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NASA Ready To Study Heart Of Mars

NASA mission to study heart of Mars set for launch

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NASA's Noise-Reduction Tech to Make Quieter Airports a Reality. Pixabay
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NASA is set to launch Interior Exploration using Seismic Investigations, Geodesy and Heat Transport (InSight) on May 5, the first-ever mission to study the heart of Mars.

InSight, which is the first planetary mission to take off from the West Coast, is targeted to launch at 7.05 a.m. EDT (4.05 a.m. PDT) from Space Launch Complex-3 at Vandenberg Air Force Base in California aboard a United Launch Alliance (ULA) Atlas V rocket, the space agency said in a statement.

InSight will be the first mission to peer deep beneath the Martian surface, studying the planet’s interior by measuring its heat output and listening for marsquakes, which are seismic events similar to earthquakes on Earth.

It will use the seismic waves generated by marsquakes to develop a map of the planet’s deep interior.

An image of Mars.
Mars. Pixabay

The findings of Mars’ formation will help better understand how other rocky planets, including Earth, were and are created.

NASA is also launching a separate technology experiment known as Mars Cube One (MarCO), on the same rocket, the statement noted.

MarCO consists of two mini-spacecraft and will be the first test of CubeSat technology in deep space.

They are designed to test new communications and navigation capabilities for future missions and may aid InSight communications.

Also Read: New Boss of NASA Gets Hearty Congratulations

InSight is part of NASA’s Discovery Program, managed by the agency’s Marshall Space Flight Center in Huntsville, Alabama.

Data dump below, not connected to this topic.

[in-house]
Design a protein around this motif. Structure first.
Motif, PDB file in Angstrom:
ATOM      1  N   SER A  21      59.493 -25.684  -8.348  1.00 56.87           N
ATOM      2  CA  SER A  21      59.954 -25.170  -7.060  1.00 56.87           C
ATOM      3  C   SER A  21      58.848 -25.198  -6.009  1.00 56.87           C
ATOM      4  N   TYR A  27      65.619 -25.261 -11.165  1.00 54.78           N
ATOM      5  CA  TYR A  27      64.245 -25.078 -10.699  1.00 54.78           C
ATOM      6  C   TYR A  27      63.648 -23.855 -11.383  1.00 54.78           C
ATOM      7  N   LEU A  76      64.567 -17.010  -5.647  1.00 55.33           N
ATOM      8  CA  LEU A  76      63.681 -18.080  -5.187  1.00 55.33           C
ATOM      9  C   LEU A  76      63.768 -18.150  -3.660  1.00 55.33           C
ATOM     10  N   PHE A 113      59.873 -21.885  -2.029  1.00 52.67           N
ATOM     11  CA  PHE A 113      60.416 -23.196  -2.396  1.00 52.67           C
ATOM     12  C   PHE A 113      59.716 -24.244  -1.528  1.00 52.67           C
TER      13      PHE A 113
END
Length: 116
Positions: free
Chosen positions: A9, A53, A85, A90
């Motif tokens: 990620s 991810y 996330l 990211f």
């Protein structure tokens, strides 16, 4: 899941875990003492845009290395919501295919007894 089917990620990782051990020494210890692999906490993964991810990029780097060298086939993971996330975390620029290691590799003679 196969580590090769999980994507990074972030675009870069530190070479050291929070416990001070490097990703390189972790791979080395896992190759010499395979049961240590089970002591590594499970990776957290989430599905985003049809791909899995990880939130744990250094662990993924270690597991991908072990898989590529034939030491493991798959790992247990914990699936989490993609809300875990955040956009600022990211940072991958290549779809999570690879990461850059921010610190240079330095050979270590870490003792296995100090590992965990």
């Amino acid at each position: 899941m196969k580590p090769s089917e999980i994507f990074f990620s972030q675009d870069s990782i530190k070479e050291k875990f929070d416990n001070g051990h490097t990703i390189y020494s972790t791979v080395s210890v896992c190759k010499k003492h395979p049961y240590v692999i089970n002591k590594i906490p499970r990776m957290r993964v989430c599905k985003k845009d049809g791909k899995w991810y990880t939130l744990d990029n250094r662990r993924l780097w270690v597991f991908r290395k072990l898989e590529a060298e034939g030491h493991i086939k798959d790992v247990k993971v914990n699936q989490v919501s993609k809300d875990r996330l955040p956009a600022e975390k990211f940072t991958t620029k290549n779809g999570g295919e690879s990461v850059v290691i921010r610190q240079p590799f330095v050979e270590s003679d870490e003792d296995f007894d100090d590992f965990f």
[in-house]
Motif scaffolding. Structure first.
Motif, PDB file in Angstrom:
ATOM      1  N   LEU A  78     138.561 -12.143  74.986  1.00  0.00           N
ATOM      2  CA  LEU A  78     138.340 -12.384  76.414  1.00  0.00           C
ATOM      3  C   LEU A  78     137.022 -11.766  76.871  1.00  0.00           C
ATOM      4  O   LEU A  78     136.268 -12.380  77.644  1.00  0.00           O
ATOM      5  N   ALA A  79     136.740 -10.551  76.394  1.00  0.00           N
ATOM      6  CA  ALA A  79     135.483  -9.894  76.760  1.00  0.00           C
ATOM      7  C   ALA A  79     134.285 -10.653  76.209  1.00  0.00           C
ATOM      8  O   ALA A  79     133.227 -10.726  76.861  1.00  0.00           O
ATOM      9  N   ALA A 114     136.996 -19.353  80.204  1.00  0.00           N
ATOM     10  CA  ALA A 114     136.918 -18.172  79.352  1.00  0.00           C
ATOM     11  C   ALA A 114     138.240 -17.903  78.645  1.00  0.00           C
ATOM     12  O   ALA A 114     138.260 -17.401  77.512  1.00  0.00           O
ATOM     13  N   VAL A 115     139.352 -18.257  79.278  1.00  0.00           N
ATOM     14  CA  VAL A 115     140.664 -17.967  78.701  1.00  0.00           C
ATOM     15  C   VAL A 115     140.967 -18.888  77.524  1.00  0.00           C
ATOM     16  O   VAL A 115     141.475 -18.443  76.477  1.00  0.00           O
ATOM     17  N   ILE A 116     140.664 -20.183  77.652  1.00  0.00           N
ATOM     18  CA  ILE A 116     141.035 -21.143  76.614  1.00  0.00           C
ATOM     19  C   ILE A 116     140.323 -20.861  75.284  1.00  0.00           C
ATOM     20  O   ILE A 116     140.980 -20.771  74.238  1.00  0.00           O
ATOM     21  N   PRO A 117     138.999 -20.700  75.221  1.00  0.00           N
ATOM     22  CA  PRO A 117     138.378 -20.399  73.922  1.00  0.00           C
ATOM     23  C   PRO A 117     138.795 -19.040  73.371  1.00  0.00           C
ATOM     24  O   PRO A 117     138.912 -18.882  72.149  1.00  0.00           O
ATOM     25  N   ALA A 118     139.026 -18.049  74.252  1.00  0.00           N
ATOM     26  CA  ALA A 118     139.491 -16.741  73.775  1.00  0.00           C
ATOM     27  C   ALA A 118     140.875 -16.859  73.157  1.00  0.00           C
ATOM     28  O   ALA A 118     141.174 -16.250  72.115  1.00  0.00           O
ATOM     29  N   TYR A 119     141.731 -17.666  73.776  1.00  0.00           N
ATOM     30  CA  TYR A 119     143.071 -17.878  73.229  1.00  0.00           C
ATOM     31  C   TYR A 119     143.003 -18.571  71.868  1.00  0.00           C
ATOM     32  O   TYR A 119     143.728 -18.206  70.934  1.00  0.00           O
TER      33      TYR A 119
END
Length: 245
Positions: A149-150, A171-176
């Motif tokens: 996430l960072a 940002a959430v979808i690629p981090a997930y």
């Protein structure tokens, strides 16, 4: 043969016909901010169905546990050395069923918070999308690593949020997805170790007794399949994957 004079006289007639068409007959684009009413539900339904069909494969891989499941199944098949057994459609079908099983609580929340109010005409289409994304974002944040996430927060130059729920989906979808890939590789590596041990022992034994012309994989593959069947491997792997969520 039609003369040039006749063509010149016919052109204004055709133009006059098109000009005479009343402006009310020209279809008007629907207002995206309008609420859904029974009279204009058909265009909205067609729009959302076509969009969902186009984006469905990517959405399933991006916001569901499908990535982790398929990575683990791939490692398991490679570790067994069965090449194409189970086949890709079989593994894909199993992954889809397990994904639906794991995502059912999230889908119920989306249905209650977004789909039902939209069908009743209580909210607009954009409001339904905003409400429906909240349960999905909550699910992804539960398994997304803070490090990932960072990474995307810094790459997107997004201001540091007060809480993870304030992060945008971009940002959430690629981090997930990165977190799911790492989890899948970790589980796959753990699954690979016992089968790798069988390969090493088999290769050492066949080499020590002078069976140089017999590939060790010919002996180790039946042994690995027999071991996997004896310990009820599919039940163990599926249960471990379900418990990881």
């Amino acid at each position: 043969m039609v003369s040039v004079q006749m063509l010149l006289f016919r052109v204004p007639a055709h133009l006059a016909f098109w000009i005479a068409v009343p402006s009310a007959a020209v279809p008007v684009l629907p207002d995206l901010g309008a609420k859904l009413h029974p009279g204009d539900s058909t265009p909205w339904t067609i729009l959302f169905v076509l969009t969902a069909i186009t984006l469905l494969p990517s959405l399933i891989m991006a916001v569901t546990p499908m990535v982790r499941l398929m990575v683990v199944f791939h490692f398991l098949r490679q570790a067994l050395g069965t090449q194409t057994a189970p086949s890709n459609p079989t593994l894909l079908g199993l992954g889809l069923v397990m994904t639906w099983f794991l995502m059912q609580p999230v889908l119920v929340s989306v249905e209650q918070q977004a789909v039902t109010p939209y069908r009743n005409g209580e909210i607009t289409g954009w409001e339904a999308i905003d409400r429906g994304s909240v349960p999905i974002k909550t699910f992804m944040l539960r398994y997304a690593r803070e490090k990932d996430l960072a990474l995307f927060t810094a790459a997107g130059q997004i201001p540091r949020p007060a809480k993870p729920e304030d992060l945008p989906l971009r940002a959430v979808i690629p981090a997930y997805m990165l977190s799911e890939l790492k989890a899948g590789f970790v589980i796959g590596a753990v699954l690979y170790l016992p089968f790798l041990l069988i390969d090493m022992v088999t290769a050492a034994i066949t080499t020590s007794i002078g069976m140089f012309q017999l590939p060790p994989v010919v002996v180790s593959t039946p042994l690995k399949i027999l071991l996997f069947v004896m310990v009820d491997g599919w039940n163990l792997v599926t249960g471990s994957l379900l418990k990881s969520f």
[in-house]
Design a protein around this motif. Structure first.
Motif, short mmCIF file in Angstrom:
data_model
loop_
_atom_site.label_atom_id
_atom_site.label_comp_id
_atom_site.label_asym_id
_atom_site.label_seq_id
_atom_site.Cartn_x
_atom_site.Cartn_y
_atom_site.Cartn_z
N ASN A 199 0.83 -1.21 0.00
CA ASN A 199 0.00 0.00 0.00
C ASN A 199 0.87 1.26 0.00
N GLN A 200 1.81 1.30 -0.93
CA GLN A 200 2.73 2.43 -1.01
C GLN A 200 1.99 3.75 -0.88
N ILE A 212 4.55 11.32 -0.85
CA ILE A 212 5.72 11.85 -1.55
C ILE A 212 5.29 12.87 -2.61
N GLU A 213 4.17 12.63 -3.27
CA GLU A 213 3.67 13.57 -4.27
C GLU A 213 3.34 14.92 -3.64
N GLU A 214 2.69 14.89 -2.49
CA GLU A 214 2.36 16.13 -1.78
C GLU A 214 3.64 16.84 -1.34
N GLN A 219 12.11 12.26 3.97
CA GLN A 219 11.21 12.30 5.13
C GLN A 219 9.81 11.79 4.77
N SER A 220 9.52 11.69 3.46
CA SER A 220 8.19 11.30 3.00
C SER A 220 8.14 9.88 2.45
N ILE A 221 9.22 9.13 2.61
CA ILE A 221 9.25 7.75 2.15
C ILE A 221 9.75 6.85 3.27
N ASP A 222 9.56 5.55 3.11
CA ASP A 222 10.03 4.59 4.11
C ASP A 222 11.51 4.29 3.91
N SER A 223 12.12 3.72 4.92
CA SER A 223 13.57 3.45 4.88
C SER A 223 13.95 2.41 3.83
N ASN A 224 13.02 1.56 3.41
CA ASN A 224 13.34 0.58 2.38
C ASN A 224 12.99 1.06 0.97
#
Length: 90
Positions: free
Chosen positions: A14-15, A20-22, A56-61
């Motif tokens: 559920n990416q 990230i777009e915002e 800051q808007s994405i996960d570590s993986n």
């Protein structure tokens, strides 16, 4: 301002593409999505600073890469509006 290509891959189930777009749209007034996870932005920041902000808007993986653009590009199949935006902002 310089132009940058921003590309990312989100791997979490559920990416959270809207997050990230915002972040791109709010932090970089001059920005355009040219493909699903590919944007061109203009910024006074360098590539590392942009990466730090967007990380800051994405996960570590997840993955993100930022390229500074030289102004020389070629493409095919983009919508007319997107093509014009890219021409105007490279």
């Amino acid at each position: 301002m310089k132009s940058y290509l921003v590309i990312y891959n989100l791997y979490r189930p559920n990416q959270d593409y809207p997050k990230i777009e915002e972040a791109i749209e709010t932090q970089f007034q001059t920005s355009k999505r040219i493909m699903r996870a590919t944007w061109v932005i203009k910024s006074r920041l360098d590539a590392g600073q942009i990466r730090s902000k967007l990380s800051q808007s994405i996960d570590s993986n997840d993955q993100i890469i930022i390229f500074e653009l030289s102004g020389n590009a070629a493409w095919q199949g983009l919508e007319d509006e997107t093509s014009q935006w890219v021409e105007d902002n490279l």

The spacecraft, including cruise stage and lander, was built and tested by Lockheed Martin Space in Denver.  IANS

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NASA Launches “Remote Sensing Toolkit To Help Users Search For Data

The "Remote Sensing Toolkit" provides a simple system that quickly identifies relevant sources based on user input, NASA said in a statement on Thursday.

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"Our mission to bring NASA technology down to Earth is expanding with the release of this remote sensing toolkit," Lockney said. Pixabay

NASA has launched an online toolkit to make it easier for users to find, analyse and utilise the most relevant satellite data for their research, business projects or conservation efforts.

The “Remote Sensing Toolkit” provides a simple system that quickly identifies relevant sources based on user input, NASA said in a statement on Thursday.

The toolkit is designed to help users search for data, as well as ready-to-use tools and code to build new tools.

“This new tool makes finding and using NASA satellite data easier than ever before, and we hope it sparks innovation among the entrepreneurial community and leads to further commercialisation of NASA technology and benefits people across the world,” said Daniel Lockney, NASA’s Technology Transfer programme executive.

“Our mission to bring NASA technology down to Earth is expanding with the release of this remote sensing toolkit,” Lockney said.

Through its constellation of Earth observation satellites, NASA collects petabytes of data each year.

NASA
Through its constellation of Earth observation satellites, NASA collects petabytes of data each year. Pixabay

The variety of open source tools created to access, analyse and utilise the data from these satellites is familiar to millions of science users, but accessing and utilising this data remains daunting for many potential commercial users.

For example, NASA’s remote-sensing data and tools are spread out across dozens of sites.

The NASA Technology Transfer programme reviewed more than 50 websites and found that no source provided a comprehensive collection of information or a single access point to begin a search.

This prompted the US space agency to introduce the Remote Sensing Toolkit.

Also Read-NASA Funding Project RAMA To Turn Asteroids Into Spaceships

“Remote Sensing Toolkit will help grow the number of users who put NASA’s free and open data archive to work for people,” said Kevin Murphy of NASA’s Earth Science Division in Washington. (IANS)

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